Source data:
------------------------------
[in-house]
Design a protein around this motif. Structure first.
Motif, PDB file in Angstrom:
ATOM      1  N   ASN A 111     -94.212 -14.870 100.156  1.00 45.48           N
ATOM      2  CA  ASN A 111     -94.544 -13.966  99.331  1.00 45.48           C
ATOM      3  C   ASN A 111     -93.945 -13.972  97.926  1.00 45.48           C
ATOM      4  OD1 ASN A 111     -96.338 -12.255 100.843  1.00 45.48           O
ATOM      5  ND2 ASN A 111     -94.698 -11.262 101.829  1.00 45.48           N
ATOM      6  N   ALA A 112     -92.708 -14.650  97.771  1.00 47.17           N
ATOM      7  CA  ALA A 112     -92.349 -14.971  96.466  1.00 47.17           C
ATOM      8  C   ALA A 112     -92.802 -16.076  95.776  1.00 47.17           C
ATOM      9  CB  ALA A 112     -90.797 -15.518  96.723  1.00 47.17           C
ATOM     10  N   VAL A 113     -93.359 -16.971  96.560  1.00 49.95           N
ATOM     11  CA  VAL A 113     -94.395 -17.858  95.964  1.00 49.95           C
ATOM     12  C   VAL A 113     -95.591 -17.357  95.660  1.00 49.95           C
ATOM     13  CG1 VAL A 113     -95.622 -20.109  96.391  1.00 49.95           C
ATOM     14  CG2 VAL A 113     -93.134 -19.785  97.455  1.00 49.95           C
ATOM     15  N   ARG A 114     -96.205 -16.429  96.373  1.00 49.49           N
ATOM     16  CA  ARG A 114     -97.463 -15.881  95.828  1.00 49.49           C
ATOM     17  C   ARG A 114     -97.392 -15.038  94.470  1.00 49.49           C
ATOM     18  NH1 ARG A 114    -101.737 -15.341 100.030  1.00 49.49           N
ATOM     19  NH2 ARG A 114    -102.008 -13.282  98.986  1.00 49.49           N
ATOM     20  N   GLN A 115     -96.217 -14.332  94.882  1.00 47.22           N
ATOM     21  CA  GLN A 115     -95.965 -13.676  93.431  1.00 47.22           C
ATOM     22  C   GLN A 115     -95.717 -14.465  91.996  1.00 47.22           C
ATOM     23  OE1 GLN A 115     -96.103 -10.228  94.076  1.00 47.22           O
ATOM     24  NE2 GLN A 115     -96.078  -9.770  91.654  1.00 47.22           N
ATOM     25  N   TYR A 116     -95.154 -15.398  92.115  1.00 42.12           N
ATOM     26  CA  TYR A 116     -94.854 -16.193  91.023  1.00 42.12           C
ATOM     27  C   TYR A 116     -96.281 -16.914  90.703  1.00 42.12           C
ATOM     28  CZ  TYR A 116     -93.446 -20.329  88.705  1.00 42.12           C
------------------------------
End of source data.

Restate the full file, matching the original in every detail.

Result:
[in-house]
Design a protein around this motif. Structure first.
Motif, PDB file in Angstrom:
ATOM      1  N   ASN A 111     -94.212 -14.870 100.156  1.00 45.48           N
ATOM      2  CA  ASN A 111     -94.544 -13.966  99.331  1.00 45.48           C
ATOM      3  C   ASN A 111     -93.945 -13.972  97.926  1.00 45.48           C
ATOM      4  OD1 ASN A 111     -96.338 -12.255 100.843  1.00 45.48           O
ATOM      5  ND2 ASN A 111     -94.698 -11.262 101.829  1.00 45.48           N
ATOM      6  N   ALA A 112     -92.708 -14.650  97.771  1.00 47.17           N
ATOM      7  CA  ALA A 112     -92.349 -14.971  96.466  1.00 47.17           C
ATOM      8  C   ALA A 112     -92.802 -16.076  95.776  1.00 47.17           C
ATOM      9  CB  ALA A 112     -90.797 -15.518  96.723  1.00 47.17           C
ATOM     10  N   VAL A 113     -93.359 -16.971  96.560  1.00 49.95           N
ATOM     11  CA  VAL A 113     -94.395 -17.858  95.964  1.00 49.95           C
ATOM     12  C   VAL A 113     -95.591 -17.357  95.660  1.00 49.95           C
ATOM     13  CG1 VAL A 113     -95.622 -20.109  96.391  1.00 49.95           C
ATOM     14  CG2 VAL A 113     -93.134 -19.785  97.455  1.00 49.95           C
ATOM     15  N   ARG A 114     -96.205 -16.429  96.373  1.00 49.49           N
ATOM     16  CA  ARG A 114     -97.463 -15.881  95.828  1.00 49.49           C
ATOM     17  C   ARG A 114     -97.392 -15.038  94.470  1.00 49.49           C
ATOM     18  NH1 ARG A 114    -101.737 -15.341 100.030  1.00 49.49           N
ATOM     19  NH2 ARG A 114    -102.008 -13.282  98.986  1.00 49.49           N
ATOM     20  N   GLN A 115     -96.217 -14.332  94.882  1.00 47.22           N
ATOM     21  CA  GLN A 115     -95.965 -13.676  93.431  1.00 47.22           C
ATOM     22  C   GLN A 115     -95.717 -14.465  91.996  1.00 47.22           C
ATOM     23  OE1 GLN A 115     -96.103 -10.228  94.076  1.00 47.22           O
ATOM     24  NE2 GLN A 115     -96.078  -9.770  91.654  1.00 47.22           N
ATOM     25  N   TYR A 116     -95.154 -15.398  92.115  1.00 42.12           N
ATOM     26  CA  TYR A 116     -94.854 -16.193  91.023  1.00 42.12           C
ATOM     27  C   TYR A 116     -96.281 -16.914  90.703  1.00 42.12           C
ATOM     28  CZ  TYR A 116     -93.446 -20.329  88.705  1.00 42.12           C